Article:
The "Bee"haviors Of Successful Decision Making As A Group

Blog Post created by jgaudin on May 11, 2012

I'm a bit of a sucker for a pun.  I do hope you'll forgive the one in the title of this blog post.  However, as it turns out the decision-making power of honeybees is a prime example of what scientists call swarm intelligence. Clouds of locusts, schools of fish, flocks of birds, colonies of ants and termites display it as well.  The Secret Life of Bees is an interesting article on the study of swarm intelligence as it relates to honeybees making a decision on a location for a new hive.  Professor Thomas D. Seeley focuses his work on understanding the solving of cognitive problems by a group who pool and process their knowledge through social interactions. 


During his studies of how honeybees determine a new hive location, on page 3 Professor Seeley has defined two main principles:

  1. Enthusiasm- when a scout finds a good location, they return to the hive and do a dance.  Now, I'm not recommending you start breakdancing on the boardroom table at your next meeting, but enthusiasm garners attention and attention toward a good idea garners support.
  2. Flexibility- The first good site found is not always the best option.  The enthusiasm of the bee dance decreases over time and if a new, better location is found by a different scout the enthusiasm shifts in that direction, even the enthusiasm of the previous scout. 


Making decisions as a group can yield tremendous benefits.  When the collective is open and flexible good ideas rise up and bad ones sink down.  The bees in this study are focused on one goal of finding a new location for a hive.  Before Cisco, I worked for a smaller, start-up company and we went through the exact same exercise of finding a new location.  During a company meeting we discussed the requirements in terms of: size, geographical location, proximity to major roads and restaurants, parking, timelines and more.  With these requirements in mind, we'd look for suitable locations during our commute or while out and about.  We'd socialize our prospects over the next couple of weeks.  Not by doing the bee waggle dance, but simply by talking amongst ourselves.  Most people were familiar with the surrounding areas and could easily describe the prospective location without requiring a field trip to explore.  Others would provide feedback from their experiences in that locale, or second-hand from people they knew with experiences in the area.  Sometimes there would be a lot of excitement about a prospective location and other times the objections and concerns would outweigh the benefits.  In the end, we found a new location in a short time period that was ideally suited for the current and future needs of the company.  A great example of how group collaboration yielded a positive result through a focused exercise with a well-defined goal.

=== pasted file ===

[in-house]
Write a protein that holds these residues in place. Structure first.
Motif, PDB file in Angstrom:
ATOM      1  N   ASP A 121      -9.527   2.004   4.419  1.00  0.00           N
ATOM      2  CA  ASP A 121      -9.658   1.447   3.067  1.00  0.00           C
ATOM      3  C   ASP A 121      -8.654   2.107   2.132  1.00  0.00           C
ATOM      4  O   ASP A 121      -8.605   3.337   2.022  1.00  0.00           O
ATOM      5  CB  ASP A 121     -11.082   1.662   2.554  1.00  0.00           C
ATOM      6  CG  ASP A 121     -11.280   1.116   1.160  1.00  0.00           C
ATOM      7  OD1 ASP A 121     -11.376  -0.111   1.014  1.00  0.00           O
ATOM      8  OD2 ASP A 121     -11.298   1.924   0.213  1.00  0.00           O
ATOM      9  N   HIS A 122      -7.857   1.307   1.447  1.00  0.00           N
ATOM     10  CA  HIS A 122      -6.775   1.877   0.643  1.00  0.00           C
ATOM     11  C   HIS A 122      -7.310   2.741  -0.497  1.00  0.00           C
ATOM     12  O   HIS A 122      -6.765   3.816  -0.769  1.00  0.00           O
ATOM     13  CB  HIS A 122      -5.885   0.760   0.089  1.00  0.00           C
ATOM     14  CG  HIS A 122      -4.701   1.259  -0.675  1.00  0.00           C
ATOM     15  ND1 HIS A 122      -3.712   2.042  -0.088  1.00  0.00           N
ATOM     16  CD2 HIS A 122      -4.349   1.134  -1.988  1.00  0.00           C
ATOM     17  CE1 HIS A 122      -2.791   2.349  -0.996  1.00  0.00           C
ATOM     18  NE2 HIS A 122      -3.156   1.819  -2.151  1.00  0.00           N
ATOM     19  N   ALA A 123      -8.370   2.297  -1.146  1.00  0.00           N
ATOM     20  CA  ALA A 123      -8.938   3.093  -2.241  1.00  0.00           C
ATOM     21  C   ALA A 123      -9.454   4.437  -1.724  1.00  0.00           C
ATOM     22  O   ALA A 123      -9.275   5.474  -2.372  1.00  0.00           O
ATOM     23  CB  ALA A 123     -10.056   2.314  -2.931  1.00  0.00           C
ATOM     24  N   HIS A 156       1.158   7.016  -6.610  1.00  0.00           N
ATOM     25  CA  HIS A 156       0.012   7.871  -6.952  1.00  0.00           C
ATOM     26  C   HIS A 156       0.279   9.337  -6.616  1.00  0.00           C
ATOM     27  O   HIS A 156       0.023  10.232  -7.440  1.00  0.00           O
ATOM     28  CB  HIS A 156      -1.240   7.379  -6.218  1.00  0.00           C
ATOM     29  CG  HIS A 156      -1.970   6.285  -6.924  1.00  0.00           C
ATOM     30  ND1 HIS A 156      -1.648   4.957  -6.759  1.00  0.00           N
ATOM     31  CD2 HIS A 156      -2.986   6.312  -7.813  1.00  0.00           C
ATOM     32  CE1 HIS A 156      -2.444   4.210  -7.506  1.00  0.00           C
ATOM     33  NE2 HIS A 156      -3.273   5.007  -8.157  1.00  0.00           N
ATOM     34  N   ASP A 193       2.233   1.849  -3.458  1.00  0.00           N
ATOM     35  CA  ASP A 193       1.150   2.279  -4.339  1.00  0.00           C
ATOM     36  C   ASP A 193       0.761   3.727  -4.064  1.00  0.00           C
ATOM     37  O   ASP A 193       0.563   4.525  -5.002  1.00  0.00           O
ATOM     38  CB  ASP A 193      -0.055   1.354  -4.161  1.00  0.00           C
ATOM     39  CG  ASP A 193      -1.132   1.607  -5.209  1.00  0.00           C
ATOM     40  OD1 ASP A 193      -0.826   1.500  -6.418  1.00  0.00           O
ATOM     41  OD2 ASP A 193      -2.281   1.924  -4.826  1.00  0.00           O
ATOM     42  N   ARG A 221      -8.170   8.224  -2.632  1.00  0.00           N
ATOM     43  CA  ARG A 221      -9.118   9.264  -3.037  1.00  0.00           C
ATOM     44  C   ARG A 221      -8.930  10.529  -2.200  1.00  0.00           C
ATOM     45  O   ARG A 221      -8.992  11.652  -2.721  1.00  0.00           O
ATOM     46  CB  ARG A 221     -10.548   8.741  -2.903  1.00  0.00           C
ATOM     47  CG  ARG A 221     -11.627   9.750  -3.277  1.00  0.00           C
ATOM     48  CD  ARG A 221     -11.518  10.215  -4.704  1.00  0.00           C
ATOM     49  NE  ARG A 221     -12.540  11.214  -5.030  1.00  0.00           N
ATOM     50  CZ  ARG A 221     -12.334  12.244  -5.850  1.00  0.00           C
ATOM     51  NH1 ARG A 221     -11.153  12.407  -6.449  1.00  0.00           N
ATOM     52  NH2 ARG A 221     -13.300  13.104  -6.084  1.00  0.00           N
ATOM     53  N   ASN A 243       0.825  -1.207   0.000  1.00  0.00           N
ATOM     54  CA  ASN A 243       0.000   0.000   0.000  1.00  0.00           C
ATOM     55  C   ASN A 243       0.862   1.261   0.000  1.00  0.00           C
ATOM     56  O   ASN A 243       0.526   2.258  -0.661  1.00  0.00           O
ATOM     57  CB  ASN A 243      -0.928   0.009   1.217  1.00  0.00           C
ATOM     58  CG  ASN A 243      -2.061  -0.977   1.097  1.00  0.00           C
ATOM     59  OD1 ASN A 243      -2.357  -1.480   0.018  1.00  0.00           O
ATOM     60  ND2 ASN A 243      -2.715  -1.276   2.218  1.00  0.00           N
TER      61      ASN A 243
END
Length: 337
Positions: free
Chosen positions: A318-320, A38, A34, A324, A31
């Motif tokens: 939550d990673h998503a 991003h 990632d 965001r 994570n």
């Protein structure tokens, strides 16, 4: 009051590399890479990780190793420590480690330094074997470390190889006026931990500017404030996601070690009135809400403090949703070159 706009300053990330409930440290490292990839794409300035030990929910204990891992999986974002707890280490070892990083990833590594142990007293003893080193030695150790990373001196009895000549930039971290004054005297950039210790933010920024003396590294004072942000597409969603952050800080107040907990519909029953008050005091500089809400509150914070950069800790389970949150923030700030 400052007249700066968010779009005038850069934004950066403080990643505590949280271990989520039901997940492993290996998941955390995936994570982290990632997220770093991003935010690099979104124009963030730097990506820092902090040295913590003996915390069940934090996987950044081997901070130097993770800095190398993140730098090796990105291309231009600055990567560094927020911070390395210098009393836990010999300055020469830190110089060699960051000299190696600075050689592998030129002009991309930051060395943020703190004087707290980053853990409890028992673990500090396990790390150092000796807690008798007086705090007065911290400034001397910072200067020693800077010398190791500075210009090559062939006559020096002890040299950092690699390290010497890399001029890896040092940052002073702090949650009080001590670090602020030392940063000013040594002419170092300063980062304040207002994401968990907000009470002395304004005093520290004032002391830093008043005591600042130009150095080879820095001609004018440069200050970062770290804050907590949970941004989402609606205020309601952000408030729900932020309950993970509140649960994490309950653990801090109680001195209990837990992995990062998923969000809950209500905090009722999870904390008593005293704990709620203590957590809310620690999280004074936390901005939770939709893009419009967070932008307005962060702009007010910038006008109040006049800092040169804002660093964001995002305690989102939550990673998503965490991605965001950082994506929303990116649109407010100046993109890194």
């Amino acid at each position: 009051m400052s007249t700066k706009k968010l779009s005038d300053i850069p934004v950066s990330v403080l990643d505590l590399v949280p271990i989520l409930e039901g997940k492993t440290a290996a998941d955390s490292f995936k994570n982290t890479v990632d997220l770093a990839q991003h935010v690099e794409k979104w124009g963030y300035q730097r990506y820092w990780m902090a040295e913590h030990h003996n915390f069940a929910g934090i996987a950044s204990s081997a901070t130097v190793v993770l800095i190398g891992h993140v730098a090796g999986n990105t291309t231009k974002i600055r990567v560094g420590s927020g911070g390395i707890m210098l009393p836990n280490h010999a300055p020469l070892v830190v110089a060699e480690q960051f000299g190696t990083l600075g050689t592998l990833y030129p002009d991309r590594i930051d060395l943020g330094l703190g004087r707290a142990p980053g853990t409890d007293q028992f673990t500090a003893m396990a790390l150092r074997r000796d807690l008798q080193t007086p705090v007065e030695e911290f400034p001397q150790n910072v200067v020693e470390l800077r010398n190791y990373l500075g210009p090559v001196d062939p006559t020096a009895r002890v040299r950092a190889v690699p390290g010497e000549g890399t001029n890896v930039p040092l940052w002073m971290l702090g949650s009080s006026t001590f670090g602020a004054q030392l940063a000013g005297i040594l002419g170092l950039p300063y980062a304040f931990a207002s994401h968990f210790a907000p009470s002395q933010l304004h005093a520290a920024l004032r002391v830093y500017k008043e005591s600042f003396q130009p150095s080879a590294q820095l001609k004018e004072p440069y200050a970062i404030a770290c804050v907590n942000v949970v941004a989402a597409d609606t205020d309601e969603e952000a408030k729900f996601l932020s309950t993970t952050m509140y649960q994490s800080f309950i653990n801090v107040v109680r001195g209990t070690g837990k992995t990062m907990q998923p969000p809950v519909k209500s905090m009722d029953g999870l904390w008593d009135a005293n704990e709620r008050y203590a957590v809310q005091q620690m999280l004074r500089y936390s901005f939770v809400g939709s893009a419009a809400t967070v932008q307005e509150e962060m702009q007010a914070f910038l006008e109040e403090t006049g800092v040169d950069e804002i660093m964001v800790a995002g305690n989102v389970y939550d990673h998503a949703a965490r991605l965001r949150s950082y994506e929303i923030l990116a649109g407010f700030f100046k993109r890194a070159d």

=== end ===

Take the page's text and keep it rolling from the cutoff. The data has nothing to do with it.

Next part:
In an enterprise environment we're looking for more then just a new location.  We have LOBs and departments and layers and different groups of focus with different agendas.  This is where the power of having a good leader should not be undervalued.  Good leadership sets the direction for the company, defines the goals, communicates how those goals will achieve greatness for the company, but can let the collective groups determine how.  We know employees want to feel involved with the company and in the decision making process.  We've looked at the question of how Can Collaboration Give Employees What They Need Most?  A strong leadership team, one that collaborates effectively, will bring success to their enterprise:

  1. Define goals and priorities.  Something everybody in the company can relate to and drive toward.
  2. Set boundaries.  Maintain focus by communicating areas of non-interest.  Knowing what not to do is just as important as what to do.
  3. Collaborate.  Collect and evaluate ideas, voice objections and agreement, determine value based on collective intelligence.
  4. Act.  Ultimately, somebody needs to be responsible for the decision.  When it's made, execute it.
  5. Learn.  Understand why a particular decision was made, review the results, gain knowledge and wisdom for similar scenarios.


Where are group decisions working in your organization?  Are employees focused on reaching targets that don't conflict with the goals of other groups?  Are you empowered to voice your opinion and play a role in the direction of the company?  Do you prefer a "command and control" structure?  What are the behaviors of successful group making that have been demonstrated in your company?  What were the results of those group decisions?